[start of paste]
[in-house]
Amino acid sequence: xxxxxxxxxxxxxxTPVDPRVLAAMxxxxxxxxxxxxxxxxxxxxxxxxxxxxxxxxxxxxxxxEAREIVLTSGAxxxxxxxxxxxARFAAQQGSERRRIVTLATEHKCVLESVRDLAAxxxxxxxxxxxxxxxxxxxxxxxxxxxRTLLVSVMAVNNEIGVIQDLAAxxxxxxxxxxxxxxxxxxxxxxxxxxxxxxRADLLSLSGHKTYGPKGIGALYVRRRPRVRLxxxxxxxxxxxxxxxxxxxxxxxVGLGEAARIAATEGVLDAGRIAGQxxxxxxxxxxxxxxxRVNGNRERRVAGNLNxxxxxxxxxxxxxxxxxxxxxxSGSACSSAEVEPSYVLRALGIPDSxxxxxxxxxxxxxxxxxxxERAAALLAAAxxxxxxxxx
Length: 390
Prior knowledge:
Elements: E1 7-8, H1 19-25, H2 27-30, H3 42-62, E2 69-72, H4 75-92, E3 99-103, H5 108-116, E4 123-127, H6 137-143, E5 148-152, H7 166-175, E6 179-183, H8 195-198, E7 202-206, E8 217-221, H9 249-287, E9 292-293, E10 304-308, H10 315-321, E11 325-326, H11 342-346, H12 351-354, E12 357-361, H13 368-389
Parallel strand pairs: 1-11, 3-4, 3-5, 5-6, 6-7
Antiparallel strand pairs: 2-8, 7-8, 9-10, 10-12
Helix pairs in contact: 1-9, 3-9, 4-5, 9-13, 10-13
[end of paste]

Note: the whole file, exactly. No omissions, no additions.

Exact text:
[in-house]
Amino acid sequence: xxxxxxxxxxxxxxTPVDPRVLAAMxxxxxxxxxxxxxxxxxxxxxxxxxxxxxxxxxxxxxxxEAREIVLTSGAxxxxxxxxxxxARFAAQQGSERRRIVTLATEHKCVLESVRDLAAxxxxxxxxxxxxxxxxxxxxxxxxxxxRTLLVSVMAVNNEIGVIQDLAAxxxxxxxxxxxxxxxxxxxxxxxxxxxxxxRADLLSLSGHKTYGPKGIGALYVRRRPRVRLxxxxxxxxxxxxxxxxxxxxxxxVGLGEAARIAATEGVLDAGRIAGQxxxxxxxxxxxxxxxRVNGNRERRVAGNLNxxxxxxxxxxxxxxxxxxxxxxSGSACSSAEVEPSYVLRALGIPDSxxxxxxxxxxxxxxxxxxxERAAALLAAAxxxxxxxxx
Length: 390
Prior knowledge:
Elements: E1 7-8, H1 19-25, H2 27-30, H3 42-62, E2 69-72, H4 75-92, E3 99-103, H5 108-116, E4 123-127, H6 137-143, E5 148-152, H7 166-175, E6 179-183, H8 195-198, E7 202-206, E8 217-221, H9 249-287, E9 292-293, E10 304-308, H10 315-321, E11 325-326, H11 342-346, H12 351-354, E12 357-361, H13 368-389
Parallel strand pairs: 1-11, 3-4, 3-5, 5-6, 6-7
Antiparallel strand pairs: 2-8, 7-8, 9-10, 10-12
Helix pairs in contact: 1-9, 3-9, 4-5, 9-13, 10-13